Turned frantic by unexpected news, the entire White House staff resorted to hiding televisions from the president. Screens all across Washington beamed footage directly from the streets of Paris: arms linked, world leaders set the pace for millions marching against Islamic terrorism.
“Look,” complained one aid. “Even that coward Netanyahu is there.”
Another covered her eyes. “All the world’s leaders showed up.”
“What do we tell Barack? Was he invited, even?”
“Apparently not. This is a rally for the quaint, old-fashioned sort of leader who is out front. They’re all jealous of our omniscient who leads from behind.”
“But he’s more popular on YouTube than Merkel and Hollande combined!”
“An outrage,” agreed the second aid. “This calls for a meeting or something.”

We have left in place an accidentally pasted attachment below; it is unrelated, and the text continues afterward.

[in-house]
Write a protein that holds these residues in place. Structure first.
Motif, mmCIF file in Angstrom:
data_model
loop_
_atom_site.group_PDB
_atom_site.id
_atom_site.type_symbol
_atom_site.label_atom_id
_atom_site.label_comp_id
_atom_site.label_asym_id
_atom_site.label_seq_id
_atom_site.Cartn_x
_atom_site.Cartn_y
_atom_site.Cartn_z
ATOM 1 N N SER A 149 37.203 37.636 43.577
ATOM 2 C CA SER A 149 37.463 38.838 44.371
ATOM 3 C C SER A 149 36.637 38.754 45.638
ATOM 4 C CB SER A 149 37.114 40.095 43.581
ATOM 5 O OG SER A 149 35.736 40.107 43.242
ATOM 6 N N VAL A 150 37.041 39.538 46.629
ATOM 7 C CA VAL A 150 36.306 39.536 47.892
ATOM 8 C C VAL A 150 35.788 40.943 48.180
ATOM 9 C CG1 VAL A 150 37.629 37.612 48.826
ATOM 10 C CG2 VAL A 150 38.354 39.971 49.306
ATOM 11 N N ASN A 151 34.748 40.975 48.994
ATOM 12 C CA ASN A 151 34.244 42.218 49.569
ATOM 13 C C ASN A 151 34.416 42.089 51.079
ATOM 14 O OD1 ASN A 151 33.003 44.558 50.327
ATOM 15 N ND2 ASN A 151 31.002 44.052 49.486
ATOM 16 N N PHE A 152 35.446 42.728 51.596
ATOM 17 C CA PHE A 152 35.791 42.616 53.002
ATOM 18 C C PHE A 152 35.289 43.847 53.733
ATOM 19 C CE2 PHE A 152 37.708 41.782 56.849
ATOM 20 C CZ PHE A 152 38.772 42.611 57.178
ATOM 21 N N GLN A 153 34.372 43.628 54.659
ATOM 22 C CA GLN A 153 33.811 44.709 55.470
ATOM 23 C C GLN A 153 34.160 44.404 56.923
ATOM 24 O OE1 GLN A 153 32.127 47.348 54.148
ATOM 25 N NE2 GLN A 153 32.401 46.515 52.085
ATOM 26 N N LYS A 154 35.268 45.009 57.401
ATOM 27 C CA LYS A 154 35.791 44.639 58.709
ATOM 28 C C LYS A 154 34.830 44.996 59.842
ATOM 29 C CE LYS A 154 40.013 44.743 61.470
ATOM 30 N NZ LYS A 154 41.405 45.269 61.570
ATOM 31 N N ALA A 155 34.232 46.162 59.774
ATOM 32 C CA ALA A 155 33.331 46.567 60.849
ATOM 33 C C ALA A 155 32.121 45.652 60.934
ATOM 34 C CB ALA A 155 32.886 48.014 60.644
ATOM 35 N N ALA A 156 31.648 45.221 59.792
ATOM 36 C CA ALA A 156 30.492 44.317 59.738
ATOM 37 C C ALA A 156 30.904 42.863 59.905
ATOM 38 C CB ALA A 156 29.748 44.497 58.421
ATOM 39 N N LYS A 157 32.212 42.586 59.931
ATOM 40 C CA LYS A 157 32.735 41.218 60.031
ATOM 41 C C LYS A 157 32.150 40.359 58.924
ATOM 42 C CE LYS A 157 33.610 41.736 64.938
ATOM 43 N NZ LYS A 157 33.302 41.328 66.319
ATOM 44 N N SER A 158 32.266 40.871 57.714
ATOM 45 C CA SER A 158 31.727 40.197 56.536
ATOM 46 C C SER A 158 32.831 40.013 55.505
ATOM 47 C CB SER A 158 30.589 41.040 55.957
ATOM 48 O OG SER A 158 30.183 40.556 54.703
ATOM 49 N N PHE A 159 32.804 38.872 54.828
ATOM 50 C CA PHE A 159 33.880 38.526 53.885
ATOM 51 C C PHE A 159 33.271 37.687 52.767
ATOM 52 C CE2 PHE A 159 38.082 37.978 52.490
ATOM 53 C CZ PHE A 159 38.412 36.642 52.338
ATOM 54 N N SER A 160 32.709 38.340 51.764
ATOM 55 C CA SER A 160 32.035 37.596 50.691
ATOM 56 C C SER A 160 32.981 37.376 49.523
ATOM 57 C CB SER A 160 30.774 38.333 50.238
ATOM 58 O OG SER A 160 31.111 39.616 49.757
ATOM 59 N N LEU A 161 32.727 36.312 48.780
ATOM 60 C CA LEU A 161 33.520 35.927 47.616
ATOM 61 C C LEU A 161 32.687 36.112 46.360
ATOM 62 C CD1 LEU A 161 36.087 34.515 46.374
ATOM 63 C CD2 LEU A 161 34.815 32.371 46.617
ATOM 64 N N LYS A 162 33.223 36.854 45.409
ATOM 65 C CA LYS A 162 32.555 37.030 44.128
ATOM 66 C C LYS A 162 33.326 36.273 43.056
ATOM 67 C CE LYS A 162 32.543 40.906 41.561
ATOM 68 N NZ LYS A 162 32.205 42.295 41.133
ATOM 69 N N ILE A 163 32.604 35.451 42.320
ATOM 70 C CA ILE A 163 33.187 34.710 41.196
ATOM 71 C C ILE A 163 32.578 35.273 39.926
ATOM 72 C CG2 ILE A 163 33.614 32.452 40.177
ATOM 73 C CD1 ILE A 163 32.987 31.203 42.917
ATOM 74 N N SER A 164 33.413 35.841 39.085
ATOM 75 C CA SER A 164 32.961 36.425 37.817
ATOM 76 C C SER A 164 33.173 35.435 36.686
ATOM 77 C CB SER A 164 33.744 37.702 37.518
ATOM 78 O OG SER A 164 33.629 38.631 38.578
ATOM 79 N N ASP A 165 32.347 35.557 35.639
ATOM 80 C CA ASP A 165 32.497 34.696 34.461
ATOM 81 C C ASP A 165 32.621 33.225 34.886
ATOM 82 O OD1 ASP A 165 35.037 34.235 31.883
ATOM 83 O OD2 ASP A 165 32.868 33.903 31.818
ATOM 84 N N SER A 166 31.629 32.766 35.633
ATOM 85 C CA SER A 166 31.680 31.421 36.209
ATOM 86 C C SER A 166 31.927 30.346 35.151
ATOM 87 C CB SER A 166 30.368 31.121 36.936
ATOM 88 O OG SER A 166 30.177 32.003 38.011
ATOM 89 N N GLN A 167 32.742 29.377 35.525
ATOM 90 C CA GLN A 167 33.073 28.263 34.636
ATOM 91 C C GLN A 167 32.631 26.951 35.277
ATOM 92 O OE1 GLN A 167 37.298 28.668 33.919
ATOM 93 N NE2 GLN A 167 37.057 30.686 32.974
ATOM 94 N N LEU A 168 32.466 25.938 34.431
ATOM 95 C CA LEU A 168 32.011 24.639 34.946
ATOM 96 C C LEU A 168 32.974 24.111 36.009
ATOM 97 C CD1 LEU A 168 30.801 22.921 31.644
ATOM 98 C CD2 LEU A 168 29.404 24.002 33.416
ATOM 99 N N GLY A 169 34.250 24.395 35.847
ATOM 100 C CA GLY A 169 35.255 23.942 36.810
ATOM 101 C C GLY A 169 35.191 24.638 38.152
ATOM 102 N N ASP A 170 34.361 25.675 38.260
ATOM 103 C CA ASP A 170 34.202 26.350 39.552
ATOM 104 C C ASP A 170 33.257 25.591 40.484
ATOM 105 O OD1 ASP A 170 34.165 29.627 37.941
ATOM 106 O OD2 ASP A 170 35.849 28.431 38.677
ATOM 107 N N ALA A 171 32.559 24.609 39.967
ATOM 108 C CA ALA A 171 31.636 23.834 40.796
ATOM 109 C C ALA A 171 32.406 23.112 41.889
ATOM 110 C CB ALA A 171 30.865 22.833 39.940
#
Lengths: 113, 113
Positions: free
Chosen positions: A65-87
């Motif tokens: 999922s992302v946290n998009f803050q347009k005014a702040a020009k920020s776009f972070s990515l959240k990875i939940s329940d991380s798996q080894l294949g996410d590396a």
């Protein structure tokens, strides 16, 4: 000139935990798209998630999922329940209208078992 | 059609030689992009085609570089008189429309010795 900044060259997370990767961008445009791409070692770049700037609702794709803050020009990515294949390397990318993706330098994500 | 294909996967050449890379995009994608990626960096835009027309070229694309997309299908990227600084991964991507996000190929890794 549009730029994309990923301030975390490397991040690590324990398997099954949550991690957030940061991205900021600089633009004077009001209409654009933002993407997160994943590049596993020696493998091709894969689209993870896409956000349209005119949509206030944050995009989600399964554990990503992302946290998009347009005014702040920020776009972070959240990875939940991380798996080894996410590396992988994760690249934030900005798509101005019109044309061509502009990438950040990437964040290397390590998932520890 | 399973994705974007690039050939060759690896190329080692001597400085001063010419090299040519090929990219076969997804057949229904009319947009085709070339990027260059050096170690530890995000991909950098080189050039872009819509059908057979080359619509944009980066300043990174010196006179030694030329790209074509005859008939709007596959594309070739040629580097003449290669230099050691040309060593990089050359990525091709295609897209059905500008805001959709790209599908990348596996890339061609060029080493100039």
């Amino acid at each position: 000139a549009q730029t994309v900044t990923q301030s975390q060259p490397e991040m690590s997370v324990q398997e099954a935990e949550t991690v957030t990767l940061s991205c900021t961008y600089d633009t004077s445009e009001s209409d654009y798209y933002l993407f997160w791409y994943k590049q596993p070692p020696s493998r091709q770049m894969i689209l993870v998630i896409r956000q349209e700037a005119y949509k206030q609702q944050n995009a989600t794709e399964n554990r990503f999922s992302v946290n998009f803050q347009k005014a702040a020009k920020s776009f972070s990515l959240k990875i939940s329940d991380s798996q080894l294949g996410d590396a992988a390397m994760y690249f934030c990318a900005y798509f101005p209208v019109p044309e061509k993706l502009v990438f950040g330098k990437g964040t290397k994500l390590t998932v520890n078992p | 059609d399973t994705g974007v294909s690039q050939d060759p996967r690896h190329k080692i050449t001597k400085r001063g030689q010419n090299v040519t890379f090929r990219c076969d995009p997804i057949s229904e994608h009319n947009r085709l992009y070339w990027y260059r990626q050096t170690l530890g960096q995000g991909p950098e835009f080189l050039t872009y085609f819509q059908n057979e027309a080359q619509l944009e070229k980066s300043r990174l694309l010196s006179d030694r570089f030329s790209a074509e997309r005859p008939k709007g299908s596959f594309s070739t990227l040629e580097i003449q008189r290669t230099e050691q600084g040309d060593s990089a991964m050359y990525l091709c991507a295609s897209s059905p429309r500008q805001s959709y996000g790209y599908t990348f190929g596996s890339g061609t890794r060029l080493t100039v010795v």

Three days passed. The Secretary of State gaveled a wood-paneled conference room to order. “Gentlemen,” he started. “We are highly embarrassed. Perhaps the president’s invitation was lost in the mail. How should we make amends and show France we also sympathize?”
“Dude, how about sharing a song with them?” suggested one up-and-coming diplomat.
In the hallway moments later, one of Foggy Bottom’s grizzled veterans scoffed at the notion. “Sing to another country? That’s the lamest approach to diplomacy I ever heard. It will never fly.”
The Secretary of State, after two more days, gazed proudly on as American singer James Taylor crooned You’ve Got a Friend to the French people. From Brest to Nice, dismayed laughter was heard in the streets: a once-great country, whose liberating army had marched through the Arc de Triomphe, was now enfeebled to the depth that it responds to terrorism with a song.